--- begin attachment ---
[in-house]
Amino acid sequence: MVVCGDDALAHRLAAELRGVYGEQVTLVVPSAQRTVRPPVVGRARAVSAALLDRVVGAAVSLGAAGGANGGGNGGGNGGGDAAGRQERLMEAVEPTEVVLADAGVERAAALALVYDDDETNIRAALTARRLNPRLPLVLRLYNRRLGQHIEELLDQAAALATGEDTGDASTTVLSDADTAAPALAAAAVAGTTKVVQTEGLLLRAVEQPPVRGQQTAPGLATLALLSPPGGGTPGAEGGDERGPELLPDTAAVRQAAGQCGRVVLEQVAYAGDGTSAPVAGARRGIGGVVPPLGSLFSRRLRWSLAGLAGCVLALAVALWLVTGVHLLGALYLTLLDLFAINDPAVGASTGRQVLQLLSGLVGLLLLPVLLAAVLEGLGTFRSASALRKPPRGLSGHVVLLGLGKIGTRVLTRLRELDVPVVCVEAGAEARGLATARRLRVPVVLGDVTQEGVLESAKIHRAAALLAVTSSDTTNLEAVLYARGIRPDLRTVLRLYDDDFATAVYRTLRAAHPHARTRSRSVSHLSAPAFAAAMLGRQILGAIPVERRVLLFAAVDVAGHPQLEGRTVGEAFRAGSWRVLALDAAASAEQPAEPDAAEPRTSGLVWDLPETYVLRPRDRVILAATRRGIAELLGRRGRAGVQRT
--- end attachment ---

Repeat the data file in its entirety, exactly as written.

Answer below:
[in-house]
Amino acid sequence: MVVCGDDALAHRLAAELRGVYGEQVTLVVPSAQRTVRPPVVGRARAVSAALLDRVVGAAVSLGAAGGANGGGNGGGNGGGDAAGRQERLMEAVEPTEVVLADAGVERAAALALVYDDDETNIRAALTARRLNPRLPLVLRLYNRRLGQHIEELLDQAAALATGEDTGDASTTVLSDADTAAPALAAAAVAGTTKVVQTEGLLLRAVEQPPVRGQQTAPGLATLALLSPPGGGTPGAEGGDERGPELLPDTAAVRQAAGQCGRVVLEQVAYAGDGTSAPVAGARRGIGGVVPPLGSLFSRRLRWSLAGLAGCVLALAVALWLVTGVHLLGALYLTLLDLFAINDPAVGASTGRQVLQLLSGLVGLLLLPVLLAAVLEGLGTFRSASALRKPPRGLSGHVVLLGLGKIGTRVLTRLRELDVPVVCVEAGAEARGLATARRLRVPVVLGDVTQEGVLESAKIHRAAALLAVTSSDTTNLEAVLYARGIRPDLRTVLRLYDDDFATAVYRTLRAAHPHARTRSRSVSHLSAPAFAAAMLGRQILGAIPVERRVLLFAAVDVAGHPQLEGRTVGEAFRAGSWRVLALDAAASAEQPAEPDAAEPRTSGLVWDLPETYVLRPRDRVILAATRRGIAELLGRRGRAGVQRT